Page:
The mining giant announced last year the project is just one in a suite of green initiatives which will be covered in a C$222 million (US$162 million and $259 million) investment over the next eight years from its Strategic Innovation Fund.
To be fair, Rio is tipping in a fair bit of its own coin, with the total spend coming to C$737 million (US$537m or $854m).
The company is constructing a demonstration plant that will have the capacity to process up to 40,000 tonnes of ilmenite ore per year which is expected to be up and running by the first half of 2023.
The company is planning to build a 125tpa Titanium Demonstration Facility (TDF) which it expects to come online in 2024, with plans then to expand into its first Titanium Commercial Facility (TCF-1) of 1,125tpa located at the Southern Virginia Technology Park in Halifax County, Virginia by 2025.
The facilities would use IPX’s Hydrogen Assisted Metallothermic Reduction (HAMR) technologies to produce titanium metal powder.
Development of the TCF-1 to 1,125tpa production capacity would mean IperionX would have the largest recycled titanium metal powder production capacity globally, as the only titanium production facility using 100% titanium metal scrap as a feedstock.
It would also be the only such facility with zero Scope 1 & 2 emissions with the lowest carbon intensity for any commercial titanium metal powder product.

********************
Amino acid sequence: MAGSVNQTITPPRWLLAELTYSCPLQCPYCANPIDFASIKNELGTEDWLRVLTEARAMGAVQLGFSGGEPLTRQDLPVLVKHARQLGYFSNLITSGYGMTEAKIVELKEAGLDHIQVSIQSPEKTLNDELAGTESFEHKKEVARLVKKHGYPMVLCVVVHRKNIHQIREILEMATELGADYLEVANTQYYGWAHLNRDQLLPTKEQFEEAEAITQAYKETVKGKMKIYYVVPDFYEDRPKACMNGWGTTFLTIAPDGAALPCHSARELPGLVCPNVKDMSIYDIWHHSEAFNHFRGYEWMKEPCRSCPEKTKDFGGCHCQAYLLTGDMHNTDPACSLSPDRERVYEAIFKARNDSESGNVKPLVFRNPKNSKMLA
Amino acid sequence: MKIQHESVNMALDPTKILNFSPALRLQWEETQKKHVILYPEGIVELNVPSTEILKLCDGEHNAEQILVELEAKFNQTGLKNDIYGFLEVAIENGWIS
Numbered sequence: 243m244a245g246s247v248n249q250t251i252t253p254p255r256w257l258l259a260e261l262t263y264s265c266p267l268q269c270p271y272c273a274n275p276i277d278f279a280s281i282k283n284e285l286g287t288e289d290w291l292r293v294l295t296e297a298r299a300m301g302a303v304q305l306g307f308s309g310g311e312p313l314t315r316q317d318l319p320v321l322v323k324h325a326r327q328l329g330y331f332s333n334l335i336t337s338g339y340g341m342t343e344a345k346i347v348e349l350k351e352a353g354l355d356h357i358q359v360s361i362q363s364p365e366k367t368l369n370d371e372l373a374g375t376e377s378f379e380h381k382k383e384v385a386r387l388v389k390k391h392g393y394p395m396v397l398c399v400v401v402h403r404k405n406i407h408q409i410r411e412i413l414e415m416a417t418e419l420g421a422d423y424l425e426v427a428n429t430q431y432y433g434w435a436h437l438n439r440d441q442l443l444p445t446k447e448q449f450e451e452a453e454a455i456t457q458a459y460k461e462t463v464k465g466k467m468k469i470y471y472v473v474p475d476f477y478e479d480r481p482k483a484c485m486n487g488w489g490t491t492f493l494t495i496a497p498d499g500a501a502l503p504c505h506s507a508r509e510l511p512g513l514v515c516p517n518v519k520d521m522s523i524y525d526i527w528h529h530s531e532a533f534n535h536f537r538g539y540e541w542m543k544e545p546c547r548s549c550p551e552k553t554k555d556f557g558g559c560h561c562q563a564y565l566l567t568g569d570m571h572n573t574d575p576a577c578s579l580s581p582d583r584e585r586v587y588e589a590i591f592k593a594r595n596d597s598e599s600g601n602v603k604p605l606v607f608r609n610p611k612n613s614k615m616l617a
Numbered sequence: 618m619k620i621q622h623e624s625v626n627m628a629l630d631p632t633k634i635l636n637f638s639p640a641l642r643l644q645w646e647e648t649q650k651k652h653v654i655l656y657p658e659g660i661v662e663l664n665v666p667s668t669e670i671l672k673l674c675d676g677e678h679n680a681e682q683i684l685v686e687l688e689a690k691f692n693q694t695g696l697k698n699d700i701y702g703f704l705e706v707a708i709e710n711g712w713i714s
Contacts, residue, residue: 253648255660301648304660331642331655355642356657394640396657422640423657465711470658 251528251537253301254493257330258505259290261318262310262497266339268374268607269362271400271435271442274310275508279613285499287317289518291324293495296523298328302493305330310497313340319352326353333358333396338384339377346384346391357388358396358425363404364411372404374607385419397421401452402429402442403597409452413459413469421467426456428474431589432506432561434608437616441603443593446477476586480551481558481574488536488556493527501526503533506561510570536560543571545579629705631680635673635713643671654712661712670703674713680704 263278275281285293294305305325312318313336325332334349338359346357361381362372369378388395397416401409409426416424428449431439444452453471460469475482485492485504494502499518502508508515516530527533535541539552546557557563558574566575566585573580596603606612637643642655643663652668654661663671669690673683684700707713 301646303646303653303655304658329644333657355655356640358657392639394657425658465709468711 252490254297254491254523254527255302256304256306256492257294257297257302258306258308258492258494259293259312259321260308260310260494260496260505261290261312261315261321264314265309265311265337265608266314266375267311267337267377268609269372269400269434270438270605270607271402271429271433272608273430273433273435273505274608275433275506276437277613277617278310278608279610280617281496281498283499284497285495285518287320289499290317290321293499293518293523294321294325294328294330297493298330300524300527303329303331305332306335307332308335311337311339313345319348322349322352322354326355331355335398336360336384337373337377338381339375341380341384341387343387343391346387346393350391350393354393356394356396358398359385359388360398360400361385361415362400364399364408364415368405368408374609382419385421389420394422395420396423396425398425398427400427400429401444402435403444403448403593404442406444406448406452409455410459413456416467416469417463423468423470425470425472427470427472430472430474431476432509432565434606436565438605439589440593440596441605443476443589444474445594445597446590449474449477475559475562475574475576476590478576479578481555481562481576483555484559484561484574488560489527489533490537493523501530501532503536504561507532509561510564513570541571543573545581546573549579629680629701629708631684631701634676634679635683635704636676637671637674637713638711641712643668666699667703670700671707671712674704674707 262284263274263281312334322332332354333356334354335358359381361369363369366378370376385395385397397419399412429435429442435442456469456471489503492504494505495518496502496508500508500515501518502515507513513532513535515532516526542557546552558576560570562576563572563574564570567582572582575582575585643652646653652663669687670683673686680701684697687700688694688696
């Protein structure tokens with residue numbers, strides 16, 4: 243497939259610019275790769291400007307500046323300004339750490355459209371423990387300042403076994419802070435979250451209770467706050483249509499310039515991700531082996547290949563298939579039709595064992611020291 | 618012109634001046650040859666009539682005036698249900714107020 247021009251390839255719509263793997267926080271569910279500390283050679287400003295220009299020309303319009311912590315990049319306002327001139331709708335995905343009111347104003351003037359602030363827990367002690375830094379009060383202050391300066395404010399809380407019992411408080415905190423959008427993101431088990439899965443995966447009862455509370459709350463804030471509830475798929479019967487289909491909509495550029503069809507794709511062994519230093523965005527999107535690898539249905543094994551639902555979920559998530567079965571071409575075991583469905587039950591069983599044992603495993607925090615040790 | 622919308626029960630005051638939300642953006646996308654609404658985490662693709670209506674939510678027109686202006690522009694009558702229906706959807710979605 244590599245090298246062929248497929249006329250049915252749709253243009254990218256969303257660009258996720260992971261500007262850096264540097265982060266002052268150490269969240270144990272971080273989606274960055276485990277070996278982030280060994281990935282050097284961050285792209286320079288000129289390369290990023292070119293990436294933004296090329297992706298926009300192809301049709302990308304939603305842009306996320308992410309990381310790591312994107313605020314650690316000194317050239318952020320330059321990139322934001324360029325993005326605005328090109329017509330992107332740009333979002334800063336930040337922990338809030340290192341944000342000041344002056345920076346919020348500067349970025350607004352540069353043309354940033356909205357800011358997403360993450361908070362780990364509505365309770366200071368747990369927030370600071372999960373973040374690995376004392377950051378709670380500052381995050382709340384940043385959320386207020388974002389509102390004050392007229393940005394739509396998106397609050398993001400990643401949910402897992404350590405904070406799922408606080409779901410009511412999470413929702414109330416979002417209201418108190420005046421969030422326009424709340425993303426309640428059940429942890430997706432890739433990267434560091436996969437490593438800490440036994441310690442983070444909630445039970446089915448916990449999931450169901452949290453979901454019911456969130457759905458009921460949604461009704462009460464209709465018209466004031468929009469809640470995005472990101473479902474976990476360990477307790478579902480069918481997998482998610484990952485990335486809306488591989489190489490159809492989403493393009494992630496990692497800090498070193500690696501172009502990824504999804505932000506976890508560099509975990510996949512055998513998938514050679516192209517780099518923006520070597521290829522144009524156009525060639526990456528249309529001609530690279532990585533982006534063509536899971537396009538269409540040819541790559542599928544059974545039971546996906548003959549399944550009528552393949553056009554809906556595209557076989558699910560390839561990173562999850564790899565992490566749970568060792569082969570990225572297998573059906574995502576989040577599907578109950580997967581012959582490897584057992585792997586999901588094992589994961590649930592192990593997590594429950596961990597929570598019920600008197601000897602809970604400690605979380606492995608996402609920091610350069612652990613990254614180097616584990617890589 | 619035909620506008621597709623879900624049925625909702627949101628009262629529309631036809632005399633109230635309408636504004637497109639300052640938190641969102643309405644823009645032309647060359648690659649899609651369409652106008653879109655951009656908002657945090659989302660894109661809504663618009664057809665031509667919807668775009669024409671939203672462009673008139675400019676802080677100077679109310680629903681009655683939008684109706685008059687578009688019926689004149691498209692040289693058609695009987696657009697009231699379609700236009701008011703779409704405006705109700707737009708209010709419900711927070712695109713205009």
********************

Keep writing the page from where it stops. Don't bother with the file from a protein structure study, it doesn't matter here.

Notably, IperionX and Carver Pump, a leading American manufacturer of specialised high performance centrifugal pumps since 1938, have partnered to produce titanium parts for the US Navy via its planned Titanium Demonstration Facility in South Boston, VA.
Plus, the company also recently won the Air Force Research Laboratory (AFRL) Grand Challenge, hosted by the National Security Innovation Network and as a result, will be eligible to produce titanium metal powders from scrap materials and rejuvenate used or out-of-specification titanium powder for the AFRL.
At Stockhead we tell it like it is. While Magnis Energy Technologies and IperionX are Stockhead advertisers, they did not sponsor this article.